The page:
An action is a function taking some type as an input and return a modified version of this object (actually, a new instance of the object with the modification included). A changeis an action happening at a certain time. Finally, a history is a list of changes. Simple. Now, how do we apply this to portfolio modeling? First, some more definitions:

type Weight=float

type Asset = string

type AssetAlloc=Weight * Asset

type PortfolioAlloc= AssetAlloc list

type PortfolioAction=Action<PortfolioAlloc>

type PortfolioChange = Change<PortfolioAlloc>

type Portfolio = History<PortfolioAlloc>


Thanks to the F# syntax, the code is pretty much self-explanatory. Now, let’s define a simple portfolio action consisting in adding an asset to the portfolio:

let addAsset (ass:Asset) (w:Weight) (pFolioAlloc: PortfolioAlloc) : PortfolioAlloc =
match List.tryFind (fun p -> snd p = ass) pFolioAlloc with
|Some _ -> (w,ass) :: pFolioAlloc |> List.filter (fun pa -> snd pa <> ass)
|None -> (w,ass) :: pFolioAlloc


For those of you not familiar with functional programming, this might look complicated, but if you look a bit into the language (particularly Pattern Matching), you’ll see it’s actually quite trivial. Let’s continue with the optimization of the portfolio:

let equWeightPortfolio (pFAlloc:PortfolioAlloc) : PortfolioAlloc =
let w:Weight = 1.0/(float pFAlloc.Length)
pFAlloc |> List.map (fun alloc -> (w, snd alloc))


Trivial. Finally, we need a function that will evaluate the portfolio. This requires the application in succession of all the changes to an initial portfolio allocation (most of the time, an empty portfolio, initially). This kind of operation is well-known in functional programming, it simply consists in foldinga list:

let getPortfolioAllocFromInit (pFolio:Portfolio) (t : System.DateTime) (init:PortfolioAlloc) =
pFolio |> List.filter (fun pc -> fst pc <= t)
|> List.sortBy (fun pc -> fst pc)
|> List.map (fun pc -> snd pc)
|> List.fold (fun alloc action -> action(alloc)) init

let getPortfolioAlloc (pFolio:Portfolio) (t : System.DateTime) = getPortfolioAllocFromInit pFolio t []


The first function implements the general logic: first sorting the operations and then applying them sequentially. The second function just modifies the first one by giving an initial empty portfolio. The application of this model is as follows:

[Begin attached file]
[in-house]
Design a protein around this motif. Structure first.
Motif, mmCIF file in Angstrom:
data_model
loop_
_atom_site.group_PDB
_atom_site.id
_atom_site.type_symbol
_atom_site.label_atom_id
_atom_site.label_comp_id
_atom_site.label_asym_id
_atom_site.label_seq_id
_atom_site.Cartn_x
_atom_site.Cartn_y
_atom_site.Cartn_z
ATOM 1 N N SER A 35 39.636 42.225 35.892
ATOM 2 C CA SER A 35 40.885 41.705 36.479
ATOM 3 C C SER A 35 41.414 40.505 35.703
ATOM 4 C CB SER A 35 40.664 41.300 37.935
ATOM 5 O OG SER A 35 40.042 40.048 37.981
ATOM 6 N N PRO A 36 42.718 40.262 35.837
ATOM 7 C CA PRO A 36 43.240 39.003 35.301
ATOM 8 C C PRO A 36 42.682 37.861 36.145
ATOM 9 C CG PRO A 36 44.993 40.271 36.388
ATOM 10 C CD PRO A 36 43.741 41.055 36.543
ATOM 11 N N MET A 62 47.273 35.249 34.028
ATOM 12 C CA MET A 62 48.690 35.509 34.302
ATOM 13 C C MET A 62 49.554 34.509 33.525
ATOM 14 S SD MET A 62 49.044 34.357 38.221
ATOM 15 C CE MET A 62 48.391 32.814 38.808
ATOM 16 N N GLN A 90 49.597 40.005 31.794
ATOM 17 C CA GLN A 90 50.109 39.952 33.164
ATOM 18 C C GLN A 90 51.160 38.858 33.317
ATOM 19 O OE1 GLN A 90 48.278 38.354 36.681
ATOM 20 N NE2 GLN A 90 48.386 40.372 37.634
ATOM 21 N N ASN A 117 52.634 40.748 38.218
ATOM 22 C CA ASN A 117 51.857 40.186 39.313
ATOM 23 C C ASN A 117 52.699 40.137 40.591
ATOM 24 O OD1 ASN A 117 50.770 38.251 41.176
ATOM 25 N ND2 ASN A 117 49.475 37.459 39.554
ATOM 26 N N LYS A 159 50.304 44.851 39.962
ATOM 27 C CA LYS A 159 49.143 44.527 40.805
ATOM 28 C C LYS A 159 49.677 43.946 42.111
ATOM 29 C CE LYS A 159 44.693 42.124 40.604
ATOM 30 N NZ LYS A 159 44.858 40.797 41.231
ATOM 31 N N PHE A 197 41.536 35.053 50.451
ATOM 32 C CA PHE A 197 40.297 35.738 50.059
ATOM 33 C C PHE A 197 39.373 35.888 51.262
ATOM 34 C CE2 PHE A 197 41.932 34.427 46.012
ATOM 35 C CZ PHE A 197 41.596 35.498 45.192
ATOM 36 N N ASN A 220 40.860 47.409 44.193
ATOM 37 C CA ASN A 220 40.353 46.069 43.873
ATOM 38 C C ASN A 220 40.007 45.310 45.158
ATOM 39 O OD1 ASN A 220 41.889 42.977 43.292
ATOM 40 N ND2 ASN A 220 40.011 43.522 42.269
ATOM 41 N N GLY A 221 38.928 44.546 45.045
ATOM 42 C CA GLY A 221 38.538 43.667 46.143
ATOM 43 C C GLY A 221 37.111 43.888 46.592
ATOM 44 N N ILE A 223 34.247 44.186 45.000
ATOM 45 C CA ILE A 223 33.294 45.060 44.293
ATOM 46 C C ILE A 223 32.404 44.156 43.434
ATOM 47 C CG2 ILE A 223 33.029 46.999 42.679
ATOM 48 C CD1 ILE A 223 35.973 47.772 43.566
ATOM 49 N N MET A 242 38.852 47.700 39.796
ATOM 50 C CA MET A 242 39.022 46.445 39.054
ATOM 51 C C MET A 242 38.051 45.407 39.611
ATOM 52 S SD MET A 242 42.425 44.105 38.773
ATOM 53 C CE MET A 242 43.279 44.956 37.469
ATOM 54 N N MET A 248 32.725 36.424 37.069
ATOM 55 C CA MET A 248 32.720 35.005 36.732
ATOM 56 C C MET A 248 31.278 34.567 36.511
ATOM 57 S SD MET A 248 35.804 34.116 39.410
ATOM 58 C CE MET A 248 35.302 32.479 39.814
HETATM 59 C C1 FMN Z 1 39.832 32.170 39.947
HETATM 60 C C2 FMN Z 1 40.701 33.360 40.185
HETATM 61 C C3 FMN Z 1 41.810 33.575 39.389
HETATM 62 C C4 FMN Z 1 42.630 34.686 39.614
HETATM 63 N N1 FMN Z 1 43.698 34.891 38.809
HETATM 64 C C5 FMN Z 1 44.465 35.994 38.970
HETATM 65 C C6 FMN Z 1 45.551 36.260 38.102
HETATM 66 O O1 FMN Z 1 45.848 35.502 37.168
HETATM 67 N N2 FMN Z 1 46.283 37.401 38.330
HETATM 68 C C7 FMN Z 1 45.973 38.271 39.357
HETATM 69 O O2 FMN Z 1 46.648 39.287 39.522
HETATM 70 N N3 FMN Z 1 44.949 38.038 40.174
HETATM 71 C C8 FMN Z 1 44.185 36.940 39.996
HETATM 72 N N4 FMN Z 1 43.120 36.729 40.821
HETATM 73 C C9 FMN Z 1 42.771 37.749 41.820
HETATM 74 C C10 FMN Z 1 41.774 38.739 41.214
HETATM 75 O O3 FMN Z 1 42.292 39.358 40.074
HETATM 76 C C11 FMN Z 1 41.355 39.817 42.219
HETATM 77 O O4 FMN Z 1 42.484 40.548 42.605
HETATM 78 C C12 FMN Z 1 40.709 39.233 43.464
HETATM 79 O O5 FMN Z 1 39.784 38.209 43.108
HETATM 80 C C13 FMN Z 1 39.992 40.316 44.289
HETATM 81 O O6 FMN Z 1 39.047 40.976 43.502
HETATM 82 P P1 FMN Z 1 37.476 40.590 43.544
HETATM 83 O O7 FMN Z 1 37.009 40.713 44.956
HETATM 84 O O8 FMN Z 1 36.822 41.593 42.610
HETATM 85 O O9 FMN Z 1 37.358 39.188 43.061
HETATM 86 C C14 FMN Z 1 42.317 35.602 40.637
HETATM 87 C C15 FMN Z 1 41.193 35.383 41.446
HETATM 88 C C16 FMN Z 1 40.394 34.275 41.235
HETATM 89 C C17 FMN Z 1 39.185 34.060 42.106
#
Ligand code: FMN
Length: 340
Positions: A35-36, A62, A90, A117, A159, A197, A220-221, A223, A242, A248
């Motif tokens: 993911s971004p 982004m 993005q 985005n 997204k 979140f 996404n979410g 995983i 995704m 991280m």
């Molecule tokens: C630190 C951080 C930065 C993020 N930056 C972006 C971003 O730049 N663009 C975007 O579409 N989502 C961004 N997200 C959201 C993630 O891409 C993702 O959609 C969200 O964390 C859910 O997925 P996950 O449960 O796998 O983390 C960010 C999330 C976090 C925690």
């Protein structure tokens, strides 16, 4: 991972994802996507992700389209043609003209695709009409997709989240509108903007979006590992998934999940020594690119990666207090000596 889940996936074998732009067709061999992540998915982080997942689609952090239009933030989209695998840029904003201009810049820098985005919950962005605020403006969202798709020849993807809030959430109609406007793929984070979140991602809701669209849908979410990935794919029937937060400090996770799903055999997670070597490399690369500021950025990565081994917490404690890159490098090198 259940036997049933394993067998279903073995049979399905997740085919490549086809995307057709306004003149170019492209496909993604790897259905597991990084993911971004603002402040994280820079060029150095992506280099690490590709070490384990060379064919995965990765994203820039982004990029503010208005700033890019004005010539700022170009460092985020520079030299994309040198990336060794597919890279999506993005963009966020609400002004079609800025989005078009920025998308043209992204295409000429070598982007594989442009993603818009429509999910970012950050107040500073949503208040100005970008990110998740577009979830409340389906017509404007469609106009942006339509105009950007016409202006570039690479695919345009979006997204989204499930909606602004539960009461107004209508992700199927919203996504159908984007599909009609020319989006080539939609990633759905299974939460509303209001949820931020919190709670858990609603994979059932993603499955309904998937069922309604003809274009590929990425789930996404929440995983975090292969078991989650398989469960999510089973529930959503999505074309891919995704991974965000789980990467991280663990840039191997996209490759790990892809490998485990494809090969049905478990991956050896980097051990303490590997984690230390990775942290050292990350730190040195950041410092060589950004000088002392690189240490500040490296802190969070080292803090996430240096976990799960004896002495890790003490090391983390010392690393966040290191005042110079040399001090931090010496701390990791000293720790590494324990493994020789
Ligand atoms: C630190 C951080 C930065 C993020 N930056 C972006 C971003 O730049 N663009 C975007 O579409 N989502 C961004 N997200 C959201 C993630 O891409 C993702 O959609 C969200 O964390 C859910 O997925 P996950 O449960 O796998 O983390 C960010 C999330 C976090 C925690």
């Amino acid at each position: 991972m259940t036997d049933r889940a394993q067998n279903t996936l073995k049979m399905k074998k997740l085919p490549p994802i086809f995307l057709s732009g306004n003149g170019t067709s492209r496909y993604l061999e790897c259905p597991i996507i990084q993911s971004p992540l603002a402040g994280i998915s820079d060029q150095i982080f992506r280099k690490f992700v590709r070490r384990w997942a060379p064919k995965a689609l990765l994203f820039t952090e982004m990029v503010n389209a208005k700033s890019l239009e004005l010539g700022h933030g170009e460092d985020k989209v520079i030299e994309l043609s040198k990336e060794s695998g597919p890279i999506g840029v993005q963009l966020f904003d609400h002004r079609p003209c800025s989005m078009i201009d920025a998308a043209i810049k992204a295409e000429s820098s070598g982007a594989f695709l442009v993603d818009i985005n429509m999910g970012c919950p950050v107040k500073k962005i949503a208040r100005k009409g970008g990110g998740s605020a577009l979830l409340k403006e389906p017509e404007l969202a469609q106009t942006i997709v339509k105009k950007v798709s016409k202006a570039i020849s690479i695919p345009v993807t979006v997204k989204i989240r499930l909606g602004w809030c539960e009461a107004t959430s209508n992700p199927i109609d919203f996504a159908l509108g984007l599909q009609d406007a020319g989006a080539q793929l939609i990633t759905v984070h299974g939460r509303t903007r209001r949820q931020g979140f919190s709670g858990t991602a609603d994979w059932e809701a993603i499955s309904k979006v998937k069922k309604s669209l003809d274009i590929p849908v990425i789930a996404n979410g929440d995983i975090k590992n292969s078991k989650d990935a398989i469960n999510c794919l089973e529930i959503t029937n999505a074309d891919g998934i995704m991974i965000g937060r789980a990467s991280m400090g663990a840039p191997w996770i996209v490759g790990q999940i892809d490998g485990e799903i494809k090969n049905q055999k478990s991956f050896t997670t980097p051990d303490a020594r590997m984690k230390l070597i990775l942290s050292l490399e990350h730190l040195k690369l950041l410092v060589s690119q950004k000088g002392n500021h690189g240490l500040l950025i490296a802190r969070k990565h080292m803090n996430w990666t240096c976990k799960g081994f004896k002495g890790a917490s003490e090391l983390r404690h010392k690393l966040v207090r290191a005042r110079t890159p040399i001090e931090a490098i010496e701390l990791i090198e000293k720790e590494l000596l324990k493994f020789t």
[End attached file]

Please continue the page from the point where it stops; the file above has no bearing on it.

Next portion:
let addSPAction : PortfolioAction = addAsset "S&P500" 0.0;;
(System.DateTime.Parse("31.01.2011"),equWeightPortfolio);
(System.DateTime.Parse("28.02.2011"),equWeightPortfolio);
];;
let myPortfolioAlloc t = getPortfolioAlloc myPortfolio t;

let endAlloc = myPortfolioAlloc System.DateTime.Now;;

let janAlloc = myPortfolioAlloc(System.DateTime.Parse("01.02.2011"));;


which outputs:

val endAlloc : PortfolioAlloc = [(0.5, "MSFT"); (0.5, "S&P500")]
val janAlloc : PortfolioAlloc = [(0.0, "MSFT"); (1.0, "S&P500")]


When hence see how trivial it is to compute the state of the portfolio at different times. With this representation, altering a portfolio at time t=2 means actually adding a function to a list, but does not change the subsequent operations. The state of the portfolio (the snapshot) is computed on demand. Let’s try doing so:

let addYHOOAction:PortfolioAction = addAsset "YHOO" 0.0
let myPortfolioAlloc2 t = getPortfolioAlloc myPortfolio2 t
let endAlloc2 = myPortfolioAlloc2 System.DateTime.Now
let janAlloc2 = myPortfolioAlloc2(System.DateTime.Parse("01.02.2011"));;


which outputs:

val endAlloc2 : PortfolioAlloc =
[(0.3333333333, "MSFT"); (0.3333333333, "YHOO"); (0.3333333333, "S&P500")]
val janAlloc2 : PortfolioAlloc =
[(0.0, "MSFT"); (0.5, "YHOO"); (0.5, "S&P500")]


As you can see, no rocket science to add backward operations! Note that we could have done so for any portfolio action… The model could be improved of course, but the idea is here. Keeping track of the old simulation would just mean keeping the date of creation of the change. I hope you enjoyed the ride, please feel free to comment! See you next time!